Writing novels deconstructing the fantasy of celebrity means spending time on websites devoted to the fashion of and gossip about actual celebrities. It’s primary-source research into the way people treat and view movie stars, musicians, and everyone else famous.
One of those sites is Tom & Lorenzo who wrote a post (and a book) about what “normal” people can learn from celebrities’ self-confidence:
“If you must look up to [celebrities], then at least look up to them for their self-confidence, and the ways in which they use it to craft a seemingly invulnerable persona and then force the world around them to accept it.”
They go on to offer this advice:
“Darling, every day before you leave the house, look in the mirror and tell yourself, everybody wants to do me or be me.”
Given that so much of the Love in Los Angeles series is about the construction of persona, that post really jumped out at us.
It’s Monday. I haven’t slept more than five hours a night for the last week. I’ve got a ton of editing work to do on Starling — as soon as I’m done with my day job.
So when I got dressed this morning, I put on one of my sharper dresses. Once I got to work, I got coffee because a cup of coffee, even just from the pot in the back of the office, makes me feel like a professional.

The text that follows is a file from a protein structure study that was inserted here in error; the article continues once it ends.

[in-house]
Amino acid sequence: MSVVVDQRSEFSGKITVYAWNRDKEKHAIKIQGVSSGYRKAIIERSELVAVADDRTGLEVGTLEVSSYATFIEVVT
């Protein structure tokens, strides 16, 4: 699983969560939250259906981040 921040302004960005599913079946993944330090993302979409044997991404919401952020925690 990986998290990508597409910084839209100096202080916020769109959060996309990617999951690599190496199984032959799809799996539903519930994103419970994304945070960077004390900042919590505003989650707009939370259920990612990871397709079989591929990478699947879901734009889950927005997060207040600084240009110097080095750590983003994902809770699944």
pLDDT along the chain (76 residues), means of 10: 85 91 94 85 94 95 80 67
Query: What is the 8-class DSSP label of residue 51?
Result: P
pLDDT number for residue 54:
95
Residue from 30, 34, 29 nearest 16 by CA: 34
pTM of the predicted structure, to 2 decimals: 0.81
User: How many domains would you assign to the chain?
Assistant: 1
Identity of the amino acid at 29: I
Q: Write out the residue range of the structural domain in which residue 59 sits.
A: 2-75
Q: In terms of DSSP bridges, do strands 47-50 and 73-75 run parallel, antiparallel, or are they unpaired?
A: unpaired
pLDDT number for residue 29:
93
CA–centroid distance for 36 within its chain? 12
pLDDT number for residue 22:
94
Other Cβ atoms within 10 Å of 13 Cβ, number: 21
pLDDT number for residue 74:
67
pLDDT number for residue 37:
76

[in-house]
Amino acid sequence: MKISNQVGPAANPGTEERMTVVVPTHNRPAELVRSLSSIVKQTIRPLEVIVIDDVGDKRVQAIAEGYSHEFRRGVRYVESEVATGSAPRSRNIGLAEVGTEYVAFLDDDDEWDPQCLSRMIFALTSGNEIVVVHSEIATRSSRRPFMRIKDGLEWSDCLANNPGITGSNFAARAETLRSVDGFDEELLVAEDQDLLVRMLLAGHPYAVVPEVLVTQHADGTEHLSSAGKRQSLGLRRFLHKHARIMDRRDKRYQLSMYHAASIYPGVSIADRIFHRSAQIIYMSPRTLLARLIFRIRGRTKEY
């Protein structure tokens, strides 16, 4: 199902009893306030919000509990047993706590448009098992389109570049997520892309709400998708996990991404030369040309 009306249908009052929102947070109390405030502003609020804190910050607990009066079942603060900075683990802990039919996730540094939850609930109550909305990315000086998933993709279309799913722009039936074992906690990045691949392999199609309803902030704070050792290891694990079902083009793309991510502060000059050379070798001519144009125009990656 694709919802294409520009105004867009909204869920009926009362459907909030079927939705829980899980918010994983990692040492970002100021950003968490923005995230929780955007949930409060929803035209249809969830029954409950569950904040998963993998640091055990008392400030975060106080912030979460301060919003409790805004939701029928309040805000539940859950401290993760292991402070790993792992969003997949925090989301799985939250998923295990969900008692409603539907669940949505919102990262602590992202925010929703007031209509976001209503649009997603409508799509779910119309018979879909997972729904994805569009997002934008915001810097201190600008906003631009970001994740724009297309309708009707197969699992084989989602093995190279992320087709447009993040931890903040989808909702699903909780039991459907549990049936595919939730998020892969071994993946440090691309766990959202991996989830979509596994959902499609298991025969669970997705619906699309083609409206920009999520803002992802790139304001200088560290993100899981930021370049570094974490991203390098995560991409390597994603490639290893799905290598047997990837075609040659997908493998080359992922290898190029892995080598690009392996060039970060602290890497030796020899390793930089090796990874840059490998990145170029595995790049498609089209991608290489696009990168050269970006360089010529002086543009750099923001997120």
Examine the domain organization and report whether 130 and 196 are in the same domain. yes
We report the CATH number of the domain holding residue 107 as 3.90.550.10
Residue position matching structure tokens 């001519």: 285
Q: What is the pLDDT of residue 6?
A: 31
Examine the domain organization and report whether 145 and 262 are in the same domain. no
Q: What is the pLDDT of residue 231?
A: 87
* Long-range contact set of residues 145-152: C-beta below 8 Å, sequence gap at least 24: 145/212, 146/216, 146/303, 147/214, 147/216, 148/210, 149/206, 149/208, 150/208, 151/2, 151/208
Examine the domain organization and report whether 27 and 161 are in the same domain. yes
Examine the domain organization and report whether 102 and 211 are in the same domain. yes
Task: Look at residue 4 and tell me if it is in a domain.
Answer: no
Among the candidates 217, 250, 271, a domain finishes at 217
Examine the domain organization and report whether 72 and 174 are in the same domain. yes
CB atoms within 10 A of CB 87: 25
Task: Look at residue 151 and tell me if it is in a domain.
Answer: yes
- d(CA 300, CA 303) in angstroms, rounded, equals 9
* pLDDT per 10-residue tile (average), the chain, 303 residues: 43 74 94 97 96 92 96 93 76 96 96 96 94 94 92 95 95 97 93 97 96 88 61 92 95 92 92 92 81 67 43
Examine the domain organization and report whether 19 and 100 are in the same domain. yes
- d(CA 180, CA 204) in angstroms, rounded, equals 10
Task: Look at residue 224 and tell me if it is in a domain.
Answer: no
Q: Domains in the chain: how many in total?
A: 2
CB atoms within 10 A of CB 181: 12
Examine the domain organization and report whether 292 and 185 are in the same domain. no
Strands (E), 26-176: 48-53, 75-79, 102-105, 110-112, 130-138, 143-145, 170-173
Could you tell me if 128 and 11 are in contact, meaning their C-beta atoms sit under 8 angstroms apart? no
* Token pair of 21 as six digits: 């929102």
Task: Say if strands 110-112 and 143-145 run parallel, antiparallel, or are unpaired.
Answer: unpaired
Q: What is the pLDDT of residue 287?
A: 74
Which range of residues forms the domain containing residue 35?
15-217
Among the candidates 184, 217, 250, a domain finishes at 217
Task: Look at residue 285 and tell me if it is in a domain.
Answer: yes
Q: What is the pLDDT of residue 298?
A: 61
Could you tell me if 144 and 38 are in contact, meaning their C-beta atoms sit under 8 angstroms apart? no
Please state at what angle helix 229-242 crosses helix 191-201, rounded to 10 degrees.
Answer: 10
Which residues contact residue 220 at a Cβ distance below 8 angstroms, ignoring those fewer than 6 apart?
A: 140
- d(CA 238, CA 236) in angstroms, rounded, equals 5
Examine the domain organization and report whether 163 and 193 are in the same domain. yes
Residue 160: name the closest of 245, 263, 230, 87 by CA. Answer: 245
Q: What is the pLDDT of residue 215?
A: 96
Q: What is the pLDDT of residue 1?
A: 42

Some days, all of that works better than others. Today, for the most part, it’s being effective. At least, I’m plowing through the pretty epic list of things that absolutely need to get done.
How’s your persona work going? Are you giving yourself permission to think highly of yourself? To know that you are awesome in order to be awesome?
What do you struggle with faking? Or what are you really fucking high-achieving at faking and how do you do it?
We’re always here to offer a boost and assure you that yo, we totally would love to be/do you.
So I’ve talked about my Do the Thing! experience on here once before. Yesterday was the first day at the New Job, and in regard to persona – luckily you don’t have to fake anything when you have years of experience to back you up. However, I’ve struggled with selling myself in the past, but no more! I’m finally coming to terms with the fact that it’s okay to believe that I’m a good nurse, and to sell myself on that, because it’s true. I threw out the “7 years of NICU experience” yesterday to my co-new-hires, neither of whom have any NICU experience at all, and was immediately asked if I could just orient them, haha 🙂 obviously I can’t, but it’s good to know that I have the knowledge base to be an actual helpful asset even while I’m in a new place. Plus, it’s what got me hired on the spot when “all positions were full” to begin with.
SO EXCITED to be starting this job, SO GLAD I did the thing 🙂
Just want to say I really like this post. My instinct is always to do what feels “honest” or “authentic”, which generally I think results in ” let me tell you where I know I need to improve so you don’t think I’m a self confident idiot who thinks they’re great when they’re really not.” But reading this today and thinking about the way you’ve framed it, it feels a little easier at the moment to believe in my ability to present a more positive persona without being ridiculous. Thank you.